Actually, I think both approaches capture some of the truth, but they underestimate the difficulty of explaining the relation between literary or aesthetic strategies and other kinds of social or political developments. And of course the third possibility of affirming the inherent autonomy of the artwork on its own terms is even less empirically adequate.

Instead, we should take modernists’ claims to aesthetic, formal, or literary independence and distinction at face value. But we should see those commitments as socially specific, as tactics for developing literary institutions that self-consciously work on the worlds writers and their writings are part of. I think that in order to understand the causes and effects of those literary commitments, we need not the intrepretive bravura of political allegorization or cultural critique but a full-fledged sociology of literature.

So I hope to convince readers of the book who work on modernism that they need to account for autonomy as a central part of modernism—in fact, I think autonomy is often a buried crux of modernist-studies debates, as I try to show about the cosmopolitanism debate in chapter 3. And I try to demonstrate how to take autonomy into account in a literary-historical analysis.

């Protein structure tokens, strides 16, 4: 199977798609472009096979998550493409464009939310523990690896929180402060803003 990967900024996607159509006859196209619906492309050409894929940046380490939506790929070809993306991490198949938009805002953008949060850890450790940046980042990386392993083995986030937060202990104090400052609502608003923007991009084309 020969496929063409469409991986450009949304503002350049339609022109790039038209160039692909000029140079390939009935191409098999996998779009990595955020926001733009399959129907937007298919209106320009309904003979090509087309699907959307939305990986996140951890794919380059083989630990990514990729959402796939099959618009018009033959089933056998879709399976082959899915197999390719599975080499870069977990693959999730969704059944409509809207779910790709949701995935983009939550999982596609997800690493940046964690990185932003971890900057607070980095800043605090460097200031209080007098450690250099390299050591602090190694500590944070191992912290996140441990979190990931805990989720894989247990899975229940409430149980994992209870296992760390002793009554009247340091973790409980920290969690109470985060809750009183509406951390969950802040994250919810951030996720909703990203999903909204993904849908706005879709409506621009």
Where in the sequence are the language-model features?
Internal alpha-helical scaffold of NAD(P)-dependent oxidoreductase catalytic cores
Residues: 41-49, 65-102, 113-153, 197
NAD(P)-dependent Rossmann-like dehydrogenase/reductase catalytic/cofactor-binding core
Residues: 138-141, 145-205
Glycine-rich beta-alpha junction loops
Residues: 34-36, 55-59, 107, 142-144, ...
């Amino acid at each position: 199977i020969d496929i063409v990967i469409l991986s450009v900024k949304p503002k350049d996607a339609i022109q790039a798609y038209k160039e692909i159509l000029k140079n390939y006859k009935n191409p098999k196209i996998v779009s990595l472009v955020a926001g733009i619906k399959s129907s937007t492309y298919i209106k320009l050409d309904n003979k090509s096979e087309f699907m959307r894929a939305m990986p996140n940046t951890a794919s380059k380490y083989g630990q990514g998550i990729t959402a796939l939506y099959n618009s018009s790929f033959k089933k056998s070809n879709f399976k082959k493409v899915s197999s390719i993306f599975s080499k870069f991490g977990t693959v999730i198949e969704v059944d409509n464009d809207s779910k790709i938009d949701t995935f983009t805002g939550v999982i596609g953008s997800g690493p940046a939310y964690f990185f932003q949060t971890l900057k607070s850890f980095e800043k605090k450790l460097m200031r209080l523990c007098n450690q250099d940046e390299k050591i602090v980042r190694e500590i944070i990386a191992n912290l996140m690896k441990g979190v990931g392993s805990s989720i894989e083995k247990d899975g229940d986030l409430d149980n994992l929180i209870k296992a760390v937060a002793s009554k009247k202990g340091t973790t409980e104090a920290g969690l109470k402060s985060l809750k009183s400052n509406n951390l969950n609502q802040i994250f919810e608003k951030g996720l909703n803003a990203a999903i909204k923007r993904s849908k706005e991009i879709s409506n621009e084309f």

But the methodological point the book as a whole makes is that some of the deepest intrinsic questions about literature, including questions about literary form and style, are really questions about the social life of literary activity. Thus, the work of doing an adequate historical analysis of literature will ultimately require the study of institutions, patterns of collective behavior, and above all the distribution of symbolic, cultural, and economic power. In other words, sociology. Now the interpretive discussion in my book isn’t sociology (or, if it is, it’s a much more literary kind of sociology than I necessarily favor), but it tries to lay the groundwork for future study. In particular the micro-analyses I make need to be twinned with the kind of social-structural analysis Bourdieu himself does. What I’ve tried to show is that the demand for that sociological analysis of structure is internal to even the modernist works that most stridently lay claim to autonomy. As Bourdieu says, in seeking autonomy certain members of the literary field have a tendency to expose the rules of the game that they nonetheless want also to play.

And one last point. In arguing about literary autonomy we are typically also arguing about the autonomy of the discipline of literary scholarship. But as with literature, so with scholarship: there are only some kinds of autonomy worth wanting.